- Full publication of the “hit list” of barriers is not possible due to commercial sensitivities, and the likelihood that publicising specific UK asks will impede our negotiations with host Governments. These barriers have been identified as offering significant economic value to UK businesses and strong alignment with the UK’s broader strategic priorities, such as Levelling Up the United Kingdom and tackling climate change at home and abroad.
- Barriers have been identified from each of DIT’s nine HM Trade Commissioner-led regions around the world, with a particular focus (around half) in the Indo-Pacific region, in line with the Government’s Integrated Review. All major economic sectors are represented, with a particular emphasis on tackling barriers in the Agri, Food and Drink; Financial & Professional Services; and Healthcare & Lifesciences sectors.
- Figures on the number of barriers resolved have been published in the Official Statistics series: Market Access barrier statistics. The latest outturns are due to be published at 09:30 on 30/06.
- Figures on the value of UK exports and the value of partner country imports are based on existing published UK and International Statistic series drawn from ONS and UN Comtrade datasets using the latest available data. Further details on methodology for these are available in the DIT statistical publication.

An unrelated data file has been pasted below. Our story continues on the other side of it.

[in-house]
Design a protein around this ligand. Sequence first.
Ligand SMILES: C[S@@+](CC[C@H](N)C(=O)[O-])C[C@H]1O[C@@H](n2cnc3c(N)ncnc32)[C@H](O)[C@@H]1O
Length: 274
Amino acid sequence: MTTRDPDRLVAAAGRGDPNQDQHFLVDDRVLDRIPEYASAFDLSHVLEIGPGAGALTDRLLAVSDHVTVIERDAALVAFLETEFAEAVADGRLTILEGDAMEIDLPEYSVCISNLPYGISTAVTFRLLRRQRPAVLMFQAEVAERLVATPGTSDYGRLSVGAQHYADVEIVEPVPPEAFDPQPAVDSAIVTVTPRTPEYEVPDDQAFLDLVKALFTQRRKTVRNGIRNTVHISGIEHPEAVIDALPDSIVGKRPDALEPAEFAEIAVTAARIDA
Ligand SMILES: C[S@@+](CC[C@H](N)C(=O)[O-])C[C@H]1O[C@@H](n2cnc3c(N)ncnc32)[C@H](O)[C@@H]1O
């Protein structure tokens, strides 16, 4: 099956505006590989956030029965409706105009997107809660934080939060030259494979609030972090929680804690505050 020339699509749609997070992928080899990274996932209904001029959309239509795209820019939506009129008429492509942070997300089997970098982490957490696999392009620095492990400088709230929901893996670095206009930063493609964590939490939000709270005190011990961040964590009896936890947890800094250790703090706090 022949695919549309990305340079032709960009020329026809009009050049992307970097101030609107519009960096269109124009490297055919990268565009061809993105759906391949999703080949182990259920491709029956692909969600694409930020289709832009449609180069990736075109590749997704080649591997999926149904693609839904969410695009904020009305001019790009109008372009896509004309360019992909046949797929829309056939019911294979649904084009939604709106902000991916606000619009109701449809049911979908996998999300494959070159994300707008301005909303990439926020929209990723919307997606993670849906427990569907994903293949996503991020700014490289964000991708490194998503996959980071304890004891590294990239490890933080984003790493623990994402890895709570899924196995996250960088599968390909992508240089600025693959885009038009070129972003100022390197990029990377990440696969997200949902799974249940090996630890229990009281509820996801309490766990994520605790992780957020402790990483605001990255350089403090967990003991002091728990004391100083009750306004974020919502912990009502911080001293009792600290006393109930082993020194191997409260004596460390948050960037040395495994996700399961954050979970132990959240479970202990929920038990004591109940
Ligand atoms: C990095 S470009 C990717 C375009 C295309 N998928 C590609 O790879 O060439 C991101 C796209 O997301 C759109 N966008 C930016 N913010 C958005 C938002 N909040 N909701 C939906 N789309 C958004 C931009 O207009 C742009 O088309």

- Opening up markets to sell £4bn worth of beef in South Korea and lamb in China is not the total size of the import market but is based on South Korea and China’s import of £4bn of lamb and beef combined from the world.
- Aggregate figures on the value of export opportunities represented by a selection of barriers are based on DIT analysis of specific market access barriers using the methodologies set out in the DIT statistical publication (link to Nov 21). To calculate the aggregate figures, the mid-point for each valuation range is added to provide a central estimate. Further details on the methodology for the aggregate valuation figures are published in a DIT analytical working paper.
Responding to the announcement, William Bain, Head of Trade Policy at the British Chambers of Commerce said: “By far the biggest economic gains for export growth come from lifting non-tariff barriers to trade in goods and services.
“Whether its access to export markets for UK professional and business services or product markets for goods exporters, we need to remove out-dated rules.
“We welcome the ambition in the Secretary of State’s speech today, it would be great to see this ambition now being progressed in the Government’s trade deals. We need the lifting of non-trade barriers to be as wide as it can possibly be.”